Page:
Another local high school wants to form a swimming and diving program.
Where would it practice?
Southeast Whitfield athletic director Mark Lentych said Tuesday the school is in “the infant stages” of creating a swimming and diving program. There are three other high schools in Whitfield County with the sport — Dalton, Coahulla Creek and Northwest Whitfield — and all three use the Dalton High pool for practices.
However, with no other known available indoor pool in the immediate area, it may be the only option.
That’s assuming there’s enough room to accommodate another team.
Wheels in motion
Lentych plans to have Raiders and Lady Raiders swimming and diving teams for the 2013-2014 season, which begins in December.
The Southeast program already has a coach, too. Lentych said Carol Clayton approached him about forming a Southeast team last school year, when Clayton worked in the school’s media center. She has since become a teacher and the planned coach. Clayton’s background in the sport includes swimming for 13 years, including on the University of the Cumberlands team in Williamsburg, Ky. Originally from Chattanooga, she has experience coaching two recreation teams, the Towne Lake Sharks in Woodstock the last four years and the Bartow County Cartersville Cobias the past two years.
“I’ve always wanted to coach a team, especially one in Dalton,” Clayton said. “Southeast is the only high school in the county that doesn’t have a team, and I felt our kids should have the same opportunities as the other schools.”
Morris Innovative High School does not have a swimming or diving team either.
When Clayton approached Lentych about the idea, he wanted to gauge the students’ interest level.
“She did and made an announcement to hold a meeting and see who’d be interested,” Lentych said. “There was a pretty good interest, but you never really know from that what real interest would be.”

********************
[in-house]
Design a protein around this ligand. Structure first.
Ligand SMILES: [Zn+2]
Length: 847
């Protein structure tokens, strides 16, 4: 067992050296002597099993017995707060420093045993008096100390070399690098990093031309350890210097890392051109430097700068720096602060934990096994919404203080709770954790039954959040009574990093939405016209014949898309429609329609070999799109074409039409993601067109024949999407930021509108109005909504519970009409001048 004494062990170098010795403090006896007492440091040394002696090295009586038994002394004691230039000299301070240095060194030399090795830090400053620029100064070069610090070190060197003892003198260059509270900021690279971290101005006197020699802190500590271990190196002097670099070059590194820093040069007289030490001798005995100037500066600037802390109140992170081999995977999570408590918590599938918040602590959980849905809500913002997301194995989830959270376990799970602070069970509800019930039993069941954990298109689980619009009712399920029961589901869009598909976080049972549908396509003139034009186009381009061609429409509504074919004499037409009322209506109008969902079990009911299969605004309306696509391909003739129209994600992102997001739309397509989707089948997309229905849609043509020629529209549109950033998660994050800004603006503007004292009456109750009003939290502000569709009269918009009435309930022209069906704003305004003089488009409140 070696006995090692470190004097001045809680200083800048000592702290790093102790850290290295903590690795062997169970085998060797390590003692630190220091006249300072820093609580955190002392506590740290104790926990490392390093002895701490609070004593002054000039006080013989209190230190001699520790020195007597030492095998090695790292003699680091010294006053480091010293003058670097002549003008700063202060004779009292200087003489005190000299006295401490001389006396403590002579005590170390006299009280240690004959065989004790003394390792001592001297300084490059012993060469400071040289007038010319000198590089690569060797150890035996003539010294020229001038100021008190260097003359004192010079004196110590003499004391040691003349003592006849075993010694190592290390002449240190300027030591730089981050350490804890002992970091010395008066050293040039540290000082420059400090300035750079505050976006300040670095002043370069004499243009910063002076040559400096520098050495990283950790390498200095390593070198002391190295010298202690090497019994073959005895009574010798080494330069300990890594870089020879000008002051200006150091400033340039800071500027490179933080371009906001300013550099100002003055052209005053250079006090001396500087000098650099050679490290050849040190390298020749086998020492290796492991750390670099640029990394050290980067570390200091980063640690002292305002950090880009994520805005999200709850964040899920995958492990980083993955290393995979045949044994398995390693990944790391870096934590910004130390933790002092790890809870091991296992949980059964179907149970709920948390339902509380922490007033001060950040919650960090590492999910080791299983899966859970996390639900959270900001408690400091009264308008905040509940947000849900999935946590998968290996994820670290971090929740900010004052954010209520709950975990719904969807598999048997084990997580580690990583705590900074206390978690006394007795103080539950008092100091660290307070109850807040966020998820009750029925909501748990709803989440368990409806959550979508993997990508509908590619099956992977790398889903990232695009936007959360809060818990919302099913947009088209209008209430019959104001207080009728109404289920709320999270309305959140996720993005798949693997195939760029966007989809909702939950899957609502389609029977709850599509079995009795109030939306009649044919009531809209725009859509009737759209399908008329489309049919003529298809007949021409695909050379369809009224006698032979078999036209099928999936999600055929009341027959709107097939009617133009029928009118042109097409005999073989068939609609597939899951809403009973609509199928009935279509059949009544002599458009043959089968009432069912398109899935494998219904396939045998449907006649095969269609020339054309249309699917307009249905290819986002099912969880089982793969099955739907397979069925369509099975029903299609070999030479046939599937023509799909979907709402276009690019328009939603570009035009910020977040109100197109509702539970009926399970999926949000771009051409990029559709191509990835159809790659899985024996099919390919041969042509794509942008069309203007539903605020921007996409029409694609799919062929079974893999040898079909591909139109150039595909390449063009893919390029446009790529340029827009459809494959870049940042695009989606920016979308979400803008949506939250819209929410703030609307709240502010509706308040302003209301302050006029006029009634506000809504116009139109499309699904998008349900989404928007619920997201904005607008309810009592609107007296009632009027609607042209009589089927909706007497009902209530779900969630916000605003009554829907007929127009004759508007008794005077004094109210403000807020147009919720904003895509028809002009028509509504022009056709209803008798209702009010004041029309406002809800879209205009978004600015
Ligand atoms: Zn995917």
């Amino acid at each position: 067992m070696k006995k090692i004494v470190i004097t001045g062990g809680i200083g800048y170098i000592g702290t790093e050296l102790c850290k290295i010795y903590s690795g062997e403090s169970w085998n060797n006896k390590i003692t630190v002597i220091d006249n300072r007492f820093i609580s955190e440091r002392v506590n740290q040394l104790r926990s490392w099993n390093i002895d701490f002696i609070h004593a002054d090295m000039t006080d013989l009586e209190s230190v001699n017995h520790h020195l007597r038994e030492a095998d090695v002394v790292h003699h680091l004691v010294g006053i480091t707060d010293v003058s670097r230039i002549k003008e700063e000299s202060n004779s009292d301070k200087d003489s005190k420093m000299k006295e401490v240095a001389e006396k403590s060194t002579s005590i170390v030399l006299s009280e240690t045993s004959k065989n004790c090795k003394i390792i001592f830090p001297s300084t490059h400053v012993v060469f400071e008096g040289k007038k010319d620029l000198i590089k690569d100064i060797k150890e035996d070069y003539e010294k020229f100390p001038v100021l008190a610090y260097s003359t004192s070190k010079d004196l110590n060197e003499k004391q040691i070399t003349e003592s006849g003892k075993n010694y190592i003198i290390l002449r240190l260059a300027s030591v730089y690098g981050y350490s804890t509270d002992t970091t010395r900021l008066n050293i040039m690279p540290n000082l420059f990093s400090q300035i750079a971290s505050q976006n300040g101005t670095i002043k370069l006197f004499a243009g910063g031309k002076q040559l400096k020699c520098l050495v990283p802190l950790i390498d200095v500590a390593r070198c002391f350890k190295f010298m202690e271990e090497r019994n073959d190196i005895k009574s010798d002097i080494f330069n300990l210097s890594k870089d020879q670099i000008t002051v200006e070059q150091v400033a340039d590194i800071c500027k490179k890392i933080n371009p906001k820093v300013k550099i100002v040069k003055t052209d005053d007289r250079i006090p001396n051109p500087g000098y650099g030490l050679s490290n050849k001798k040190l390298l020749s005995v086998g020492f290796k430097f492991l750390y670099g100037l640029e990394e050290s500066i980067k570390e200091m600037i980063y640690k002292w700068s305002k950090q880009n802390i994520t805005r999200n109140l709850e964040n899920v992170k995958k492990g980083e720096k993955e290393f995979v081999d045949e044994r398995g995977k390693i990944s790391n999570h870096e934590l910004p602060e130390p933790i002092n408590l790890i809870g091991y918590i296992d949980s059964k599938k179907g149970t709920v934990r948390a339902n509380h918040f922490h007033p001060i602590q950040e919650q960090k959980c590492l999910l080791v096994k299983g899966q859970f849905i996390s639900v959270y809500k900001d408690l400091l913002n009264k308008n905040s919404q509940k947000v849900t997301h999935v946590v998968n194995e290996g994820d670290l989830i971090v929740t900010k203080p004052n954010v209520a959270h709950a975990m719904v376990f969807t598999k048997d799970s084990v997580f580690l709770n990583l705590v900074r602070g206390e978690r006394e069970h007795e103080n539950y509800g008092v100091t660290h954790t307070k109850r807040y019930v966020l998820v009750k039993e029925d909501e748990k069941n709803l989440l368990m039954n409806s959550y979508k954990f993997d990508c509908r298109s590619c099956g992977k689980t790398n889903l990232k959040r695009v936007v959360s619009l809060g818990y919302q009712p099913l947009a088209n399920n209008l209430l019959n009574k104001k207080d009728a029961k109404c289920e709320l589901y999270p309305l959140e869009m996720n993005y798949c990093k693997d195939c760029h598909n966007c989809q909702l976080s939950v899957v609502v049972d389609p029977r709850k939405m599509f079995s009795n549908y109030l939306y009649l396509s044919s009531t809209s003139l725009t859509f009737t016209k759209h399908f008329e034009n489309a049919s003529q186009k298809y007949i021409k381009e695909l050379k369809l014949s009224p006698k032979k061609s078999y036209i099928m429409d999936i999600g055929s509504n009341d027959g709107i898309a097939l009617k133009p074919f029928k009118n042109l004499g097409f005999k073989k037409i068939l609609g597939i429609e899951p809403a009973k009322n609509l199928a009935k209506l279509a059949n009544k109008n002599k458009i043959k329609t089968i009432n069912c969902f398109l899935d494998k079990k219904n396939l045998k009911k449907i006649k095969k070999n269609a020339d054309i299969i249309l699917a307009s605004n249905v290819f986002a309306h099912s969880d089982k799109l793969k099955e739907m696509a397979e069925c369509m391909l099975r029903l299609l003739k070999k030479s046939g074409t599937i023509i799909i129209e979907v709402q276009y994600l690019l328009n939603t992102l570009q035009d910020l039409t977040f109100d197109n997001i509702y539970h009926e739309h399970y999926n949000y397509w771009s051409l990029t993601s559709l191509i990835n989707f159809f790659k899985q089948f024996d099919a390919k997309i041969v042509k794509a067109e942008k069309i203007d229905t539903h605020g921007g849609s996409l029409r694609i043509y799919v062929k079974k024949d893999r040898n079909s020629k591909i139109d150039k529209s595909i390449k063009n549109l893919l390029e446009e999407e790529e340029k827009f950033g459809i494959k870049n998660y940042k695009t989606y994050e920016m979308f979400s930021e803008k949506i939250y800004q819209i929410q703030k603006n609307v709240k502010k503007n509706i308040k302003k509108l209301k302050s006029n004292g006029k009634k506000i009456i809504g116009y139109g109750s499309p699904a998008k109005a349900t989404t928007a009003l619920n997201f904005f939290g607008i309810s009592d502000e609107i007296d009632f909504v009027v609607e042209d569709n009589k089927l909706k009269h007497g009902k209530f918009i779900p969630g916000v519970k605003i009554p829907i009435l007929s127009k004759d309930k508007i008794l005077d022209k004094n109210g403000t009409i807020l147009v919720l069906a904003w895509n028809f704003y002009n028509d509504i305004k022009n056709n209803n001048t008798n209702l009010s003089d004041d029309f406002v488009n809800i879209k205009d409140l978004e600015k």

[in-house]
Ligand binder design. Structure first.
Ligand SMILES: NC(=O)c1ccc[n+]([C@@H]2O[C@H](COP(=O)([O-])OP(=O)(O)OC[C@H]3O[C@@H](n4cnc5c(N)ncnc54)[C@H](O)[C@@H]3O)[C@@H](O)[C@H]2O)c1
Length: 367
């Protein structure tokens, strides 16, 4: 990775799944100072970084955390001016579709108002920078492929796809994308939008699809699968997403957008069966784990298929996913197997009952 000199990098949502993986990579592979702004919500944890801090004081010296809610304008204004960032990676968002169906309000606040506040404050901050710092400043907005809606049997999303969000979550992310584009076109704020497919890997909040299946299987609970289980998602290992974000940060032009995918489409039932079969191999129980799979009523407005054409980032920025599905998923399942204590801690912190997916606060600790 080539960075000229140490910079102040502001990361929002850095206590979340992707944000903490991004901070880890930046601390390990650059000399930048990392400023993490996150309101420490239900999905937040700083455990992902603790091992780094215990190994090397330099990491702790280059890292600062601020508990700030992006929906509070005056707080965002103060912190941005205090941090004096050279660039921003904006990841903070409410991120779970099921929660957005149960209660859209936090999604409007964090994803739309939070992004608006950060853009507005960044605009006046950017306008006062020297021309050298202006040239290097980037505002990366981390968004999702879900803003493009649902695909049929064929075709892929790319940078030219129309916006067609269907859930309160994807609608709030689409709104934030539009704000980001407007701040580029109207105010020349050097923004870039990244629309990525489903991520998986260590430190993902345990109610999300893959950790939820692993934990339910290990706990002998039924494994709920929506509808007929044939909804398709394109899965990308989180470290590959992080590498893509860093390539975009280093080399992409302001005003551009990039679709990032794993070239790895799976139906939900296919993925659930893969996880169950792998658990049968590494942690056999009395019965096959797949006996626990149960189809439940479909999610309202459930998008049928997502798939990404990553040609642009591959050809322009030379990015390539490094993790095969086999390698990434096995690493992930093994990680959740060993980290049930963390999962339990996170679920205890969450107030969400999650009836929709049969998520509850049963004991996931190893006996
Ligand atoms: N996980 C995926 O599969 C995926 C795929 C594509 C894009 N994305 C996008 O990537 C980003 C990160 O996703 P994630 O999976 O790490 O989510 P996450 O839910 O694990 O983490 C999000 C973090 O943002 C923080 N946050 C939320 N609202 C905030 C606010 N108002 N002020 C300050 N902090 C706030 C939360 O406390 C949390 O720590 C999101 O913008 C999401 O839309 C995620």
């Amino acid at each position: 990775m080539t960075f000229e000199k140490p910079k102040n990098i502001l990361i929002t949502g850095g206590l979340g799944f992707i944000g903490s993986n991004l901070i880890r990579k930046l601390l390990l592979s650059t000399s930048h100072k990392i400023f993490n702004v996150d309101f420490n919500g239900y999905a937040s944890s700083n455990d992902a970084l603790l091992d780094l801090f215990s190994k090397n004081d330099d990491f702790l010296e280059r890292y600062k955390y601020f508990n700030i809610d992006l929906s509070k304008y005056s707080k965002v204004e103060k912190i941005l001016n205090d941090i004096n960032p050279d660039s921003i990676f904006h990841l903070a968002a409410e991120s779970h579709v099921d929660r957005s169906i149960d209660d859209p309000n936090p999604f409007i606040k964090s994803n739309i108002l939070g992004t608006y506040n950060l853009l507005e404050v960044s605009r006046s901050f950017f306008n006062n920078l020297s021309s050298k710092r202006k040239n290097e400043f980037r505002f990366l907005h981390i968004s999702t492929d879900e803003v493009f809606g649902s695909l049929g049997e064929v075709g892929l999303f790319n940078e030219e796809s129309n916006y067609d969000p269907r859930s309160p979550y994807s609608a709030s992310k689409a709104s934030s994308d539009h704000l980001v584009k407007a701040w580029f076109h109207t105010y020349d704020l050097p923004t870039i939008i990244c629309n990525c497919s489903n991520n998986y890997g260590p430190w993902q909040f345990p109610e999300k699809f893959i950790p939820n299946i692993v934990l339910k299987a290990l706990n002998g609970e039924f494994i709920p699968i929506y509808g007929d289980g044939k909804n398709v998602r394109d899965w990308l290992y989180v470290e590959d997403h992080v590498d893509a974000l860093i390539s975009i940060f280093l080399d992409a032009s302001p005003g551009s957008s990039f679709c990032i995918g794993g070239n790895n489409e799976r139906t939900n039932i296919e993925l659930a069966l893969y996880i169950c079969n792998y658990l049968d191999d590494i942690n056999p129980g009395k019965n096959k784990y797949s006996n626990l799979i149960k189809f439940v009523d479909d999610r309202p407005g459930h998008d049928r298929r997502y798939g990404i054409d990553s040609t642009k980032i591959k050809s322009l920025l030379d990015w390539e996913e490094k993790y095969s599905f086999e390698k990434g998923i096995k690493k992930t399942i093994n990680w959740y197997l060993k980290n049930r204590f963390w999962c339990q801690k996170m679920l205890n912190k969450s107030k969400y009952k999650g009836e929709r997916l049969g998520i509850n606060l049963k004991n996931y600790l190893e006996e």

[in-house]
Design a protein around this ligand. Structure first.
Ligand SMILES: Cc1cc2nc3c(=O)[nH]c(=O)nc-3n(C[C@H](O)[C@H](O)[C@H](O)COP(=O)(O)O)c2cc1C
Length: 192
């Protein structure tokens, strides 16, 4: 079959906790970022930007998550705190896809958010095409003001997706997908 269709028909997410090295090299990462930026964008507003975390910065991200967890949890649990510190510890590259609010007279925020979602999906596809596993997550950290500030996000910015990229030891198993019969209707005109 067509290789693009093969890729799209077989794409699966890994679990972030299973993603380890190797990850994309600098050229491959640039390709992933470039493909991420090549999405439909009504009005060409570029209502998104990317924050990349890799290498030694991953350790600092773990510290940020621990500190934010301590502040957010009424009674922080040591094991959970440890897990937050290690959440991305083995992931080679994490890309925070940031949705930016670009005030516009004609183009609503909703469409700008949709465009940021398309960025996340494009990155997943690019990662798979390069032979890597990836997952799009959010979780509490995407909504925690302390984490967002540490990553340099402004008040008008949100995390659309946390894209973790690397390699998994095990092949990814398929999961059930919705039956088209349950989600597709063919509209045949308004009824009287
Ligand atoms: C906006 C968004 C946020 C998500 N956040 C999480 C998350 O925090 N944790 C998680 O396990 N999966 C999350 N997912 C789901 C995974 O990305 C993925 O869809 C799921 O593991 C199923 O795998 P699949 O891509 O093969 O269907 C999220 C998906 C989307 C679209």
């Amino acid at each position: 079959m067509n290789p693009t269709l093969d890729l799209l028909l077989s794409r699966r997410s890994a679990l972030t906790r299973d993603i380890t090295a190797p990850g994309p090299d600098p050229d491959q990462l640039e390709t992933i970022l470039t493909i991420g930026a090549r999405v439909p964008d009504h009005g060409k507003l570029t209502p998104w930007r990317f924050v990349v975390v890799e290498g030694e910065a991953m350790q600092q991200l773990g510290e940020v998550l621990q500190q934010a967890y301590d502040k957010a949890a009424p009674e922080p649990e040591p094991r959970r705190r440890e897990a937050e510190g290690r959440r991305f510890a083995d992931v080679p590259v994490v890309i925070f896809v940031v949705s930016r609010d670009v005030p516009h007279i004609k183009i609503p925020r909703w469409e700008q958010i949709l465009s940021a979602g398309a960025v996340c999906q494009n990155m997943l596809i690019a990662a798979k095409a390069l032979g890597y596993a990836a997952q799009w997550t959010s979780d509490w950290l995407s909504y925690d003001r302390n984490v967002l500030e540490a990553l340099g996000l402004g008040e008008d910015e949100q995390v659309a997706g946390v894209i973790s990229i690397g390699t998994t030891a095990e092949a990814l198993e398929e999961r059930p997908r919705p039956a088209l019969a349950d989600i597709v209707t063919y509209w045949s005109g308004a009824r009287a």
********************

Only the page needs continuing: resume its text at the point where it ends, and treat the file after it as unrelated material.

Kara Ratcliffe, an rising junior at Southeast, swims on the Makos and Dalton Dolphins, two Carpet Capital Aquatics Club programs. She was at the interest meeting held last spring and said “the whole library was filled” with students.
“It was just talking about and telling all the kids everything that would happen,” Ratcliffe said of the meeting. “It was basic information and how much equipment would cost like swimming suits. ... I’m really excited about it.”
Clayton estimated “around 80” students showed up but explained it’s tough to know how many are really interested until practice begins.
“I’m hoping we get 10 swimmers for next season,” Clayton added.
The biggest question mark remaining is where the Southeast teams will practice.
“We’re still working on that aspect,” Lentych said.
Said Ratcliffe, “I guess it would be great if Whitfield County had a pool, but I’m just happy we have a team, so I will take anywhere.”
The limited space wasn’t kept secret at Southeast’s swimming interest meeting, Ratcliffe said. Those at the meeting were told Dalton High’s pool, the only one known to be available, “will be very crowded.” Ratcliffe knows this from first-hand experience, since she practiced there with the Makos.
“Coach Clayton was saying we probably would practice only once or twice a week,” Ratcliffe said. “To be honest, it will be really hard to become a really good team with that limited amount of space or time. But we really need more time and more space, but she said she would try her best. Southeast, if we were to swim, we’d be considered the lowest priority to get into the pool, because everyone else has been doing it. So it’d be Dalton High, then Dalton Middle, then the CCAC, then Northwest, then Calhoun, then Coahulla Creek, then us.”
Ratcliffe said her solution also includes building a new facility for her Southeast team, plus the Coahulla Creek and Northwest programs.
“If I had an infinite amount of money, I’d build another pool that could be for all the (Whitfield County) teams,” she said.